Proposed Philip school building project community meeting
Wed, 03/09/2016 - 1:23pm admin
by Del Bartels
A community informational meeting for the proposed Philip School building project was held, Tuesday, March 1.
This meeting was for two-way informational exchange with the public. The first public meeting to determine action, if any, is Thursday, March 10, at 6:30 p.m.
A large crowd in the Philip High School fine arts building listened to blueprint and financial proposals. Board member Doug Thorson first explained the long process of determining that starting new would be better in the long run that renovation of the old buildings and utilities. The geothermal well, its receiving lagoons, the 1920s two-story elementary building, decrepit plumbing in the main elementary building, and other needs have added up to an approximate $5.2 million.
“I don’t know about you, but that’s a lot of money to put into old buildings,” said Thorson. These renovations would not address putting everything under one roof and creating a school site where security shut-down protocols would be possible.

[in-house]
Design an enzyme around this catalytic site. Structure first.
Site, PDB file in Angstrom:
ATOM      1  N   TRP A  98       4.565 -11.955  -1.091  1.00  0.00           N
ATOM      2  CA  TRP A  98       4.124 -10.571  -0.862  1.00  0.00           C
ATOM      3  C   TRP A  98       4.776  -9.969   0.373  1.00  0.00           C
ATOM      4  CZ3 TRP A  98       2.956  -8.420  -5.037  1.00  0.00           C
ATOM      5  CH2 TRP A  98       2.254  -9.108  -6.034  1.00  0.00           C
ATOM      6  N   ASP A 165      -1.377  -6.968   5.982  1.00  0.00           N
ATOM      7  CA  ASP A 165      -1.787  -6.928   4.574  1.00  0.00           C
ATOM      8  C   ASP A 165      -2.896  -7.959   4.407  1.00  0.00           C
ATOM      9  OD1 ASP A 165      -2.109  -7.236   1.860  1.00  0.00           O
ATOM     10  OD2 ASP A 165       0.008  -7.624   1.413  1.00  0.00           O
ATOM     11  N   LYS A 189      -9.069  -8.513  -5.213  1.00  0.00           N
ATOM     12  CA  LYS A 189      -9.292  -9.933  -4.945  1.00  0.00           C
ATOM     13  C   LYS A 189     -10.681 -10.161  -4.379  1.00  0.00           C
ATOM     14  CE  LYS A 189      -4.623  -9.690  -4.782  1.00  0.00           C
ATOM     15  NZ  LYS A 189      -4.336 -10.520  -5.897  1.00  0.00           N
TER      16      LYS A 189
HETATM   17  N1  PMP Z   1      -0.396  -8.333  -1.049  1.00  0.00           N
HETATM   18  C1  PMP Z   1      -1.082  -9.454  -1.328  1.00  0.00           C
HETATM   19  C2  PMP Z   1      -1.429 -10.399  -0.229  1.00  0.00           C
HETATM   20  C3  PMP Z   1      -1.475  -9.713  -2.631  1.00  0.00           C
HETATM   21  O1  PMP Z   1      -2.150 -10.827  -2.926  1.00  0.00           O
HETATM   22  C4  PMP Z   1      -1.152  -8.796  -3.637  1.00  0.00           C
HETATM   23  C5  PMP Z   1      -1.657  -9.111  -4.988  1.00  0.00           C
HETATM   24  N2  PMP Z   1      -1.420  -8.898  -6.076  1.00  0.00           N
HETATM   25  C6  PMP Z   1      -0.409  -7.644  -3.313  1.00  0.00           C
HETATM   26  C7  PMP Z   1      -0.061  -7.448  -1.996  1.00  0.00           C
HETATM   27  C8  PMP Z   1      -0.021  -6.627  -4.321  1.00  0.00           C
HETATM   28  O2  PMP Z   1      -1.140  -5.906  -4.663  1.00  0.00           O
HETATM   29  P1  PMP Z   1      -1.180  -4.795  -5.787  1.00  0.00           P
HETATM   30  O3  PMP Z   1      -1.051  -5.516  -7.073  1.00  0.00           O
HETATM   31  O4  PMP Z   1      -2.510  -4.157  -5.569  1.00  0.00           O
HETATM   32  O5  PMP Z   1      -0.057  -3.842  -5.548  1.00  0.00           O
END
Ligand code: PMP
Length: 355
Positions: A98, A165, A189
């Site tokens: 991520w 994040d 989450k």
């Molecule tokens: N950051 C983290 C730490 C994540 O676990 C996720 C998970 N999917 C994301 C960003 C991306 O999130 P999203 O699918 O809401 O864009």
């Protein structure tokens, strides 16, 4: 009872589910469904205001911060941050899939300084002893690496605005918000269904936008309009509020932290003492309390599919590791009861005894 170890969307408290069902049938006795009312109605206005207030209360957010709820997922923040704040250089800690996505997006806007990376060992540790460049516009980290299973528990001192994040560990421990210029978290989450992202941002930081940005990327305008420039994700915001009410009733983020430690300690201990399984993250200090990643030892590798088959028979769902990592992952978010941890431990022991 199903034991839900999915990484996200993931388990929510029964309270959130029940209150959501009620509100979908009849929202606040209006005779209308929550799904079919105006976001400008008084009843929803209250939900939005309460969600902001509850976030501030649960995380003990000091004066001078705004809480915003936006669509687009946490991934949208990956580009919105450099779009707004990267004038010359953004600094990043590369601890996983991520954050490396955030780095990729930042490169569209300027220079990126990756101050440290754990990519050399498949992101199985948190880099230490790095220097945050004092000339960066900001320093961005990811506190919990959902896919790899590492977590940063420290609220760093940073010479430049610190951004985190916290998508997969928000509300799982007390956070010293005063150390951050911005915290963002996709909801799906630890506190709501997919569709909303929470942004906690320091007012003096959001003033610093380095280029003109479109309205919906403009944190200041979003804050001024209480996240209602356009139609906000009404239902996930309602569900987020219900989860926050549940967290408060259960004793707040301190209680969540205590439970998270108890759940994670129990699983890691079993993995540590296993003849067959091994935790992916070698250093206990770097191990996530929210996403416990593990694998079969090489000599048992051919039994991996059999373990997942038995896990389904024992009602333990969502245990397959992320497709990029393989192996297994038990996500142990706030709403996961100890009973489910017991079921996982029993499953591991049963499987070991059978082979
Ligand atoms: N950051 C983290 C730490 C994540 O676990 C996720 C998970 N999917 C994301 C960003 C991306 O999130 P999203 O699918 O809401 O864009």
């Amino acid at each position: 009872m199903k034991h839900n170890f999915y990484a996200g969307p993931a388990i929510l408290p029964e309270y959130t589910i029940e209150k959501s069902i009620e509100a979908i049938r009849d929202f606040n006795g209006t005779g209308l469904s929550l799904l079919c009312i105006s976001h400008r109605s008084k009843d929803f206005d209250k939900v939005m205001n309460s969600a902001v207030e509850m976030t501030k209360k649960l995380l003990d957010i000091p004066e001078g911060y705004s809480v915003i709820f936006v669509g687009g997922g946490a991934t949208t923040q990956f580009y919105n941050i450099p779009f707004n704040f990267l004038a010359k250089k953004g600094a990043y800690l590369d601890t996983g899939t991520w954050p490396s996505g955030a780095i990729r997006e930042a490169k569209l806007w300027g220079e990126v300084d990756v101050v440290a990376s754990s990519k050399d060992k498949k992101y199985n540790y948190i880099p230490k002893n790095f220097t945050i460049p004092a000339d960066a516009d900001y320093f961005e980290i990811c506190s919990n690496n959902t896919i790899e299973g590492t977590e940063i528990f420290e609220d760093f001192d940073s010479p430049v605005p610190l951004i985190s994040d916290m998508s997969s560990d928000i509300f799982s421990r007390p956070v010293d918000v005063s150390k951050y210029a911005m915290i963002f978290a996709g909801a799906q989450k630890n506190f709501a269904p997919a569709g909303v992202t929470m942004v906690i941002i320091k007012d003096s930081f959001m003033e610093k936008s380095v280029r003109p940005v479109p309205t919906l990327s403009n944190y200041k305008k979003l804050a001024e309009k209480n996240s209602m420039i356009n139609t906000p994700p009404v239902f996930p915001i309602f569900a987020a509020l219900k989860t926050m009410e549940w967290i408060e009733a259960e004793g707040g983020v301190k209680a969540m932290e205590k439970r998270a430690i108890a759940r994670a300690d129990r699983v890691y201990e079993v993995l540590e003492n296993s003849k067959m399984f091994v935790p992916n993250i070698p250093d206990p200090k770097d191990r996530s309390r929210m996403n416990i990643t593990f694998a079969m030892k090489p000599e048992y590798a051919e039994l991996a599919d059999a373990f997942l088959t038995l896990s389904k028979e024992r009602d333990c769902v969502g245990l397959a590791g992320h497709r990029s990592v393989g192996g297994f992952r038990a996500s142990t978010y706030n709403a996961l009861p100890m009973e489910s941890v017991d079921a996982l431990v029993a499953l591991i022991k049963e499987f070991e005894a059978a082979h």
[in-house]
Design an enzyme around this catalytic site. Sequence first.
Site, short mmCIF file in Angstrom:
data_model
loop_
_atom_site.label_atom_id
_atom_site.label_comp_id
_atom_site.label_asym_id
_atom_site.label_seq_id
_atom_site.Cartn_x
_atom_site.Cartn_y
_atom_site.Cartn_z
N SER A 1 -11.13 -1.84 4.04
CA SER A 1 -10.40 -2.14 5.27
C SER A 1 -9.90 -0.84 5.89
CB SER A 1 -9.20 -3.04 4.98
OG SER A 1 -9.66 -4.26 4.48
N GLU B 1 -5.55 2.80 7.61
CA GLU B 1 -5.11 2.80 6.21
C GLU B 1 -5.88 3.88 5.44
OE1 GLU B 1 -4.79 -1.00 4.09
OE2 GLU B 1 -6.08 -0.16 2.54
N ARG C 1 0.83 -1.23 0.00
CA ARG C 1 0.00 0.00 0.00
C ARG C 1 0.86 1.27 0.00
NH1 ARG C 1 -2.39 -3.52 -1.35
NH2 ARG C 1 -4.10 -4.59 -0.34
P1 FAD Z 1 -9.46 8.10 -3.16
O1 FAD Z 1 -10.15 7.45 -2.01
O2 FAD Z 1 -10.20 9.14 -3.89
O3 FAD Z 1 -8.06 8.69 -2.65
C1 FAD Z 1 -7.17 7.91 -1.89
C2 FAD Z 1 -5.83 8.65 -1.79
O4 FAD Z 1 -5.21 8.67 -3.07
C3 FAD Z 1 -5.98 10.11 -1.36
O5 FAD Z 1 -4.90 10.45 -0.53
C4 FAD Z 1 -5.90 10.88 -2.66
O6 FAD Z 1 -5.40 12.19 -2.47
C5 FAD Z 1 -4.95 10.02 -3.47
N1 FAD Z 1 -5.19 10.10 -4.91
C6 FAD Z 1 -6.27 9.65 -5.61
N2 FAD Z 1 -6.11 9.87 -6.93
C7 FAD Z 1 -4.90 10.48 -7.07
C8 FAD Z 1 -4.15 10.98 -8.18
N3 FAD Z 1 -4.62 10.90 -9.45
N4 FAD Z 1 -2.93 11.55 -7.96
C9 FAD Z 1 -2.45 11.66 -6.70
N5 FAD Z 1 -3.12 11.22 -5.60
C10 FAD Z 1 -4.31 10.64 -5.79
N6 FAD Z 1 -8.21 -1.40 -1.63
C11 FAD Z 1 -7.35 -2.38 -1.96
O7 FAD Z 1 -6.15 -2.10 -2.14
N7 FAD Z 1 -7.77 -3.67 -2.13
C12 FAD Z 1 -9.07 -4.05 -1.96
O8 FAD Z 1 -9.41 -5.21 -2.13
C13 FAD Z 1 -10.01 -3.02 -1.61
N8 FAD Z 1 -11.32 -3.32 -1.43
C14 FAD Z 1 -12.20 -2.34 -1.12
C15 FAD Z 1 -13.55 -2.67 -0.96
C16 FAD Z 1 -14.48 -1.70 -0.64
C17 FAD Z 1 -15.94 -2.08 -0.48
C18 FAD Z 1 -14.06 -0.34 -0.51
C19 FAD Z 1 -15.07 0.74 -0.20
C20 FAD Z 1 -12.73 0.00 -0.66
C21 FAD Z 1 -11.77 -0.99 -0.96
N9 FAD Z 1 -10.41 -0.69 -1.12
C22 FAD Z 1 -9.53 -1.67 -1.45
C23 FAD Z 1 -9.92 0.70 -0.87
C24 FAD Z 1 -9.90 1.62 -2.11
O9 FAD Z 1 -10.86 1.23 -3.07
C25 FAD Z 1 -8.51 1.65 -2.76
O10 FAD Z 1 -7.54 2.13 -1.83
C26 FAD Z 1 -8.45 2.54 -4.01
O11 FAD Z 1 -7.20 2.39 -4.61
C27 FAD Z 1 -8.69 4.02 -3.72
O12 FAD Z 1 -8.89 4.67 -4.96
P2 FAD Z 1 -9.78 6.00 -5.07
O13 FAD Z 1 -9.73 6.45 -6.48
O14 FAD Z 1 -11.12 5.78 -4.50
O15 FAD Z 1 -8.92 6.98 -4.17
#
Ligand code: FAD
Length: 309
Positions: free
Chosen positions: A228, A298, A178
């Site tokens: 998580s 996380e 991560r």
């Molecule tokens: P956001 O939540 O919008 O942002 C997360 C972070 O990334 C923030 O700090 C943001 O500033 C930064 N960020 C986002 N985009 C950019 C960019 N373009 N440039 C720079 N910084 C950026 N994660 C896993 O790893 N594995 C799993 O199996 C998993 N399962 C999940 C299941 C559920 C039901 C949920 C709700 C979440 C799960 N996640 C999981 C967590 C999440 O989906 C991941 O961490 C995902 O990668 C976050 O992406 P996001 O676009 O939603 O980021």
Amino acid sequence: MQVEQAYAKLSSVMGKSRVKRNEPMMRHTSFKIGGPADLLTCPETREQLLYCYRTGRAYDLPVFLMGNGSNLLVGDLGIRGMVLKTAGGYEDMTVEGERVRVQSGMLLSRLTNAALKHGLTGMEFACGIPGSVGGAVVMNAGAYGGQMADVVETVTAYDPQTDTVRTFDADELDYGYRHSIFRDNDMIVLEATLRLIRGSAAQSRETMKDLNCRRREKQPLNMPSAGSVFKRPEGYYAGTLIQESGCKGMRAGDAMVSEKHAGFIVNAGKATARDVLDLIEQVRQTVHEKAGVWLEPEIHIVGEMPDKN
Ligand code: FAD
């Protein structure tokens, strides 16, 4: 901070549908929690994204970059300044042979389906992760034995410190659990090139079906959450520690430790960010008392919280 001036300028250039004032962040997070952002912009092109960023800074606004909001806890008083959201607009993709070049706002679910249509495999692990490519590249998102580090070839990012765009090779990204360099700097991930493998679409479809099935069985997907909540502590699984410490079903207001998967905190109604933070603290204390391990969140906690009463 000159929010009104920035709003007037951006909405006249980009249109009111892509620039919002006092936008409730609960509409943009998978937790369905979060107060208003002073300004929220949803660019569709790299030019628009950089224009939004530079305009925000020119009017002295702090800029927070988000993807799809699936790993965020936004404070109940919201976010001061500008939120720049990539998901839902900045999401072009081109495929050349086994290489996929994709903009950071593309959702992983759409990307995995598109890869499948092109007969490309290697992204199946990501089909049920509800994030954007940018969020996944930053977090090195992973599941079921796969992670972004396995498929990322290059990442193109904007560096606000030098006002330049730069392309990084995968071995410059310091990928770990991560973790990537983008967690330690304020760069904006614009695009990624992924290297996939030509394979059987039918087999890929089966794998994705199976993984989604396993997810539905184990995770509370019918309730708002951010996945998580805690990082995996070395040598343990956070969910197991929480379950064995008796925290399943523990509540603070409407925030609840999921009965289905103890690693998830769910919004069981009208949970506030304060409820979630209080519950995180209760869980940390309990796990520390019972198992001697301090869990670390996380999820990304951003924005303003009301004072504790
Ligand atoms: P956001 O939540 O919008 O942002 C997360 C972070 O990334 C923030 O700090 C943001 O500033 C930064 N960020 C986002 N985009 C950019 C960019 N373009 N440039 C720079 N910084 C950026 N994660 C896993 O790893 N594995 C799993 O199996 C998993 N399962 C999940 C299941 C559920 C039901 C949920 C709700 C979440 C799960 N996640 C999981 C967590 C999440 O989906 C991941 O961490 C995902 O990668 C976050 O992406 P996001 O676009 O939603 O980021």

Tim Cheever, Upper Deck Architects, Rapid City, explained details on the preliminary blueprint. The planning, though going for as economical as possible, is for a building that has an estimated life expectancy of 50 years. The base project is for an approximate $215 cost per square foot.
Cheever said any new building, even if not going with the suggested blueprints, should include what can be used of the existing structures, particularly the two gymnasiums. A new building must comply with the Americans with Disabilities Act (ADA) and should accommodate emergency security shut-down protocols.
Replying to an audience question, Cheever said the new building would not be a tornado shelter. ADA regulations for that would greatly increase the costs.
The suggested preliminary blueprint would use the fine arts building and the armory gymnasium, and expand northward. Two wings, one for the secondary classrooms and one for the elementary and special education, would extend across the road into the empty field. Though 57 parking spaces would disappear, space for over double that many could be found in surrounding areas.
The kitchen area would be approximately four times the current kitchen size. The cafeteria would include the current commons area and expand northward, and could be used by the public during sports events and other activities. The library would be about the same size as the current library. A main entranceway would be the only access to the building during school hours, with other doors electronically locking to outside access once classes begin. A visitor would be buzzed into the office area before being allowed into the rest of the building.